The rock dove, sometimes simply referred to as a “pigeon,” can be found all around the world, and in some places is so common that it can even be considered a nuisance or pest. In Europe alone, where rock doves originated, there are estimated to be between 17 and 28 million feral doves living in the wild. In the United States, where rock doves continue to thrive since having been introduced in the 1600′s, the species can be found both in and around heavily populated cities, as well as in more reclusive areas like the Florida Everglades.
Rock doves can be found on every continent except for Antartica, and it is perhaps this widespread nature that results in such a variation in their appearances. However, across the species, the average adult can be found reaching lengths of about 15 inches and with wingspans of about 24-28 inches. The heads of rock doves are a dark blueish-gray, with iridescence along their necks in shades of yellow, green, red, and purple. Rock doves also tend to have quite strikingly orange-yellowish eyes, which stand out even more so against their somewhat subdued body coloring. What is perhaps most interesting about their appearance is that the males and females of the species are nearly identical, a feature that is somewhat rare in the animal kingdom in general.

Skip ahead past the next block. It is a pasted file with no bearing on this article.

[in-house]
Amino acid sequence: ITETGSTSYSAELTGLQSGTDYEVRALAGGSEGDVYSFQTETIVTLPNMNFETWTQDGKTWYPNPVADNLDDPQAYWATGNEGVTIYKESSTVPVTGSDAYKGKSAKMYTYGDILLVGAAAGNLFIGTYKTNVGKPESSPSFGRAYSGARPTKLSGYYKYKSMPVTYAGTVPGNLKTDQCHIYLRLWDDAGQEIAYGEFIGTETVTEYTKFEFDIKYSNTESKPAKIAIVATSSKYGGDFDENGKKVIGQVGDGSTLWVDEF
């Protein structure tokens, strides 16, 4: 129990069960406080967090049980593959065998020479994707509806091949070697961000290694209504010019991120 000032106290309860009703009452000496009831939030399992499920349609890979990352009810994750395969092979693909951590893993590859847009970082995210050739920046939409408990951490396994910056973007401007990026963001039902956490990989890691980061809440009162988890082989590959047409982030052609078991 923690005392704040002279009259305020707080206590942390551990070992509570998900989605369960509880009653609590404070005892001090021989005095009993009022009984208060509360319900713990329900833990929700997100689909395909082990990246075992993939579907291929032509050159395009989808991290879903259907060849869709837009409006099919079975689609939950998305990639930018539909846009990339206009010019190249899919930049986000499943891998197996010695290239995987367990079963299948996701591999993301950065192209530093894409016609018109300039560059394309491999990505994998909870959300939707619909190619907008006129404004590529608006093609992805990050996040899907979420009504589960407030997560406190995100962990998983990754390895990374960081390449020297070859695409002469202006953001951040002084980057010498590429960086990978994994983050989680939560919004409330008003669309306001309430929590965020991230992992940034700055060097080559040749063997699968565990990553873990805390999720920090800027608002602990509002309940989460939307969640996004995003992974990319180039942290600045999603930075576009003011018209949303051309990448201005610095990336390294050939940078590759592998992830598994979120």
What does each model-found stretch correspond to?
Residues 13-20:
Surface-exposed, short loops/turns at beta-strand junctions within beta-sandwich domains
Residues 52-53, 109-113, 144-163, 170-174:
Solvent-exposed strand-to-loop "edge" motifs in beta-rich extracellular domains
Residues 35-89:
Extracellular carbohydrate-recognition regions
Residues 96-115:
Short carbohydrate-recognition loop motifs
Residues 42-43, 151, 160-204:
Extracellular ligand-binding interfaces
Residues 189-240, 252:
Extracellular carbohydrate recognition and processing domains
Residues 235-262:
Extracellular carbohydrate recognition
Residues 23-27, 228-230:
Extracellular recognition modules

Rock doves and their relatives are highly susceptiple to predation, and because they are so common in urban areas in addition to more natural habitats, they are likely one of the main sources of food for raptorial birds all around the world. They are also hunted by many mammals on the ground as well, and are considered a game bird in many cultures around the world. In Southwest Florida, where rock dove populations blend seamlessly with the human populations around them, the greatest threat to rock doves is said to be feral cats.
Because pigeons have often been seen around major cities, scavenging for food seemingly wherever they can get it, they have often unfairly been associated with the spread of human disease. And while rock doves have been shown to carry certain diseases, they seem mostly unable to transmit them to humans. And while the presence of such birds in cities and towns around the world has led them to be considered a nuisance in some places, it is actually the release of domesticated pigeons into the wild by humans that has led to such large populations of feral pigeons in the first place.
Over the years, rock doves have made somewhat popular pets for those willing to put in the training, and have proved to be intelligent and adaptable birds. There’s a good reason while you’ll see doves or pigeons of some variety used by magicians or as homing birds – this species is highly trainable for a variety of uses. Proving to be useful carrier birds, rock doves were even supposedly used during World War I, and it’s even reported that a few dozen special pigeons received medals for their services.
Rock doves are just one of the many species of beautiful and interesting birds that you’ll find in the Florida Everglades, easily observable from a fun and exciting airboat ride. To view these birds for yourself and so much more that the Everglades has to offer, schedule an Everglades airboat tour for your family today!